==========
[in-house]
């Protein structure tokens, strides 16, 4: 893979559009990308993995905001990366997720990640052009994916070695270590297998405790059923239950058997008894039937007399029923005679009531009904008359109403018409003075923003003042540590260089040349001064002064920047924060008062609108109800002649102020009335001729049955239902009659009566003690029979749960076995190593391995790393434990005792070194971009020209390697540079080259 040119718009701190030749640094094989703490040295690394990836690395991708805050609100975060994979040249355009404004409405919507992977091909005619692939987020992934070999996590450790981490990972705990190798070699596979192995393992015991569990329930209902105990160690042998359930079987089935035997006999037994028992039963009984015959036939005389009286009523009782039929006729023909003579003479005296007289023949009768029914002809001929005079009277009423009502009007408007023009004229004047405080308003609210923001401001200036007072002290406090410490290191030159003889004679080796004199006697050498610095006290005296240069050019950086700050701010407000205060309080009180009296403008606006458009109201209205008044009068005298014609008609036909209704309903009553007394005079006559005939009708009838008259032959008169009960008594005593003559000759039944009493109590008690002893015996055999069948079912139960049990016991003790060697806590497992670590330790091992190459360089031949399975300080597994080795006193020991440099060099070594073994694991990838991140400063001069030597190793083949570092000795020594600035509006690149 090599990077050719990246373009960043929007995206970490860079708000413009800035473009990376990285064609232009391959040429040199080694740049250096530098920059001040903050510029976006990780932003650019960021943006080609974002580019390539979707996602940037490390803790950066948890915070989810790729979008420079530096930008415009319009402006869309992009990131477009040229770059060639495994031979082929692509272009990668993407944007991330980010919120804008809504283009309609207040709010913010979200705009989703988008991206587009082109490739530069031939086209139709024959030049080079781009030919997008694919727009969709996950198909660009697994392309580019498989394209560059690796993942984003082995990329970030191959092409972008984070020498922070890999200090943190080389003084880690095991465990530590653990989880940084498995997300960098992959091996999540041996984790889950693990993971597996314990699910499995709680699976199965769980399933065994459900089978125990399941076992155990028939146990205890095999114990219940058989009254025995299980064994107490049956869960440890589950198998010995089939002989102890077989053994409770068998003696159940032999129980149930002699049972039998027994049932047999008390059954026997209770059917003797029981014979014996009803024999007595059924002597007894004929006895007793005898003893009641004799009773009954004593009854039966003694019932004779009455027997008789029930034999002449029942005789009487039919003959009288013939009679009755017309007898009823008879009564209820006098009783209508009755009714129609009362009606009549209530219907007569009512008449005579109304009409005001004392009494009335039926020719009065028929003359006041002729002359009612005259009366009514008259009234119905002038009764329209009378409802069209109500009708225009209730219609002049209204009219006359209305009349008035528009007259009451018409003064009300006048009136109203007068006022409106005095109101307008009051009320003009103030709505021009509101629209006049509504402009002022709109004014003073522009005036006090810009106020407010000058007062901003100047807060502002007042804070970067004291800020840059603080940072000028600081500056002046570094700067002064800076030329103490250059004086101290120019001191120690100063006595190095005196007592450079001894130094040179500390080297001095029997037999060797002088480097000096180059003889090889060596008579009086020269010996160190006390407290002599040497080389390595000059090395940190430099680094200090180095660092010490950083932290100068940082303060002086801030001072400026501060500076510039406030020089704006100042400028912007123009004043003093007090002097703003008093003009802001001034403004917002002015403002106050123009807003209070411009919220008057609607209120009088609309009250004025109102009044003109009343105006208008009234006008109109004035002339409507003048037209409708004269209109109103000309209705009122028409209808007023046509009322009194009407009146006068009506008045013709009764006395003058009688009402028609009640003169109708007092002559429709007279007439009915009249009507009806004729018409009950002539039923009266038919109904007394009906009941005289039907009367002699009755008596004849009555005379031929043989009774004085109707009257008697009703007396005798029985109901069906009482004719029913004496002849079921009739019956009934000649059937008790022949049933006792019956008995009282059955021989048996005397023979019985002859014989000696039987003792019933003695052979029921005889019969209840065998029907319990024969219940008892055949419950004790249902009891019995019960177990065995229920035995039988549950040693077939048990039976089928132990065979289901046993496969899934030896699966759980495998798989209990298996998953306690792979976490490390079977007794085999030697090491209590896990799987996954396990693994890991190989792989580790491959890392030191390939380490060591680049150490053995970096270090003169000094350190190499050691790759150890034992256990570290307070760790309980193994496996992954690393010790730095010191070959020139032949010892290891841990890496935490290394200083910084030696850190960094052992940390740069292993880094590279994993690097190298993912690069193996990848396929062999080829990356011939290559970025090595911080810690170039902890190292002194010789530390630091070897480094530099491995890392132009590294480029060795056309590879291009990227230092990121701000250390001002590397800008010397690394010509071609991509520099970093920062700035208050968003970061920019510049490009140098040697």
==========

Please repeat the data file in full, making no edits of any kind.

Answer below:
[in-house]
């Protein structure tokens, strides 16, 4: 893979559009990308993995905001990366997720990640052009994916070695270590297998405790059923239950058997008894039937007399029923005679009531009904008359109403018409003075923003003042540590260089040349001064002064920047924060008062609108109800002649102020009335001729049955239902009659009566003690029979749960076995190593391995790393434990005792070194971009020209390697540079080259 040119718009701190030749640094094989703490040295690394990836690395991708805050609100975060994979040249355009404004409405919507992977091909005619692939987020992934070999996590450790981490990972705990190798070699596979192995393992015991569990329930209902105990160690042998359930079987089935035997006999037994028992039963009984015959036939005389009286009523009782039929006729023909003579003479005296007289023949009768029914002809001929005079009277009423009502009007408007023009004229004047405080308003609210923001401001200036007072002290406090410490290191030159003889004679080796004199006697050498610095006290005296240069050019950086700050701010407000205060309080009180009296403008606006458009109201209205008044009068005298014609008609036909209704309903009553007394005079006559005939009708009838008259032959008169009960008594005593003559000759039944009493109590008690002893015996055999069948079912139960049990016991003790060697806590497992670590330790091992190459360089031949399975300080597994080795006193020991440099060099070594073994694991990838991140400063001069030597190793083949570092000795020594600035509006690149 090599990077050719990246373009960043929007995206970490860079708000413009800035473009990376990285064609232009391959040429040199080694740049250096530098920059001040903050510029976006990780932003650019960021943006080609974002580019390539979707996602940037490390803790950066948890915070989810790729979008420079530096930008415009319009402006869309992009990131477009040229770059060639495994031979082929692509272009990668993407944007991330980010919120804008809504283009309609207040709010913010979200705009989703988008991206587009082109490739530069031939086209139709024959030049080079781009030919997008694919727009969709996950198909660009697994392309580019498989394209560059690796993942984003082995990329970030191959092409972008984070020498922070890999200090943190080389003084880690095991465990530590653990989880940084498995997300960098992959091996999540041996984790889950693990993971597996314990699910499995709680699976199965769980399933065994459900089978125990399941076992155990028939146990205890095999114990219940058989009254025995299980064994107490049956869960440890589950198998010995089939002989102890077989053994409770068998003696159940032999129980149930002699049972039998027994049932047999008390059954026997209770059917003797029981014979014996009803024999007595059924002597007894004929006895007793005898003893009641004799009773009954004593009854039966003694019932004779009455027997008789029930034999002449029942005789009487039919003959009288013939009679009755017309007898009823008879009564209820006098009783209508009755009714129609009362009606009549209530219907007569009512008449005579109304009409005001004392009494009335039926020719009065028929003359006041002729002359009612005259009366009514008259009234119905002038009764329209009378409802069209109500009708225009209730219609002049209204009219006359209305009349008035528009007259009451018409003064009300006048009136109203007068006022409106005095109101307008009051009320003009103030709505021009509101629209006049509504402009002022709109004014003073522009005036006090810009106020407010000058007062901003100047807060502002007042804070970067004291800020840059603080940072000028600081500056002046570094700067002064800076030329103490250059004086101290120019001191120690100063006595190095005196007592450079001894130094040179500390080297001095029997037999060797002088480097000096180059003889090889060596008579009086020269010996160190006390407290002599040497080389390595000059090395940190430099680094200090180095660092010490950083932290100068940082303060002086801030001072400026501060500076510039406030020089704006100042400028912007123009004043003093007090002097703003008093003009802001001034403004917002002015403002106050123009807003209070411009919220008057609607209120009088609309009250004025109102009044003109009343105006208008009234006008109109004035002339409507003048037209409708004269209109109103000309209705009122028409209808007023046509009322009194009407009146006068009506008045013709009764006395003058009688009402028609009640003169109708007092002559429709007279007439009915009249009507009806004729018409009950002539039923009266038919109904007394009906009941005289039907009367002699009755008596004849009555005379031929043989009774004085109707009257008697009703007396005798029985109901069906009482004719029913004496002849079921009739019956009934000649059937008790022949049933006792019956008995009282059955021989048996005397023979019985002859014989000696039987003792019933003695052979029921005889019969209840065998029907319990024969219940008892055949419950004790249902009891019995019960177990065995229920035995039988549950040693077939048990039976089928132990065979289901046993496969899934030896699966759980495998798989209990298996998953306690792979976490490390079977007794085999030697090491209590896990799987996954396990693994890991190989792989580790491959890392030191390939380490060591680049150490053995970096270090003169000094350190190499050691790759150890034992256990570290307070760790309980193994496996992954690393010790730095010191070959020139032949010892290891841990890496935490290394200083910084030696850190960094052992940390740069292993880094590279994993690097190298993912690069193996990848396929062999080829990356011939290559970025090595911080810690170039902890190292002194010789530390630091070897480094530099491995890392132009590294480029060795056309590879291009990227230092990121701000250390001002590397800008010397690394010509071609991509520099970093920062700035208050968003970061920019510049490009140098040697």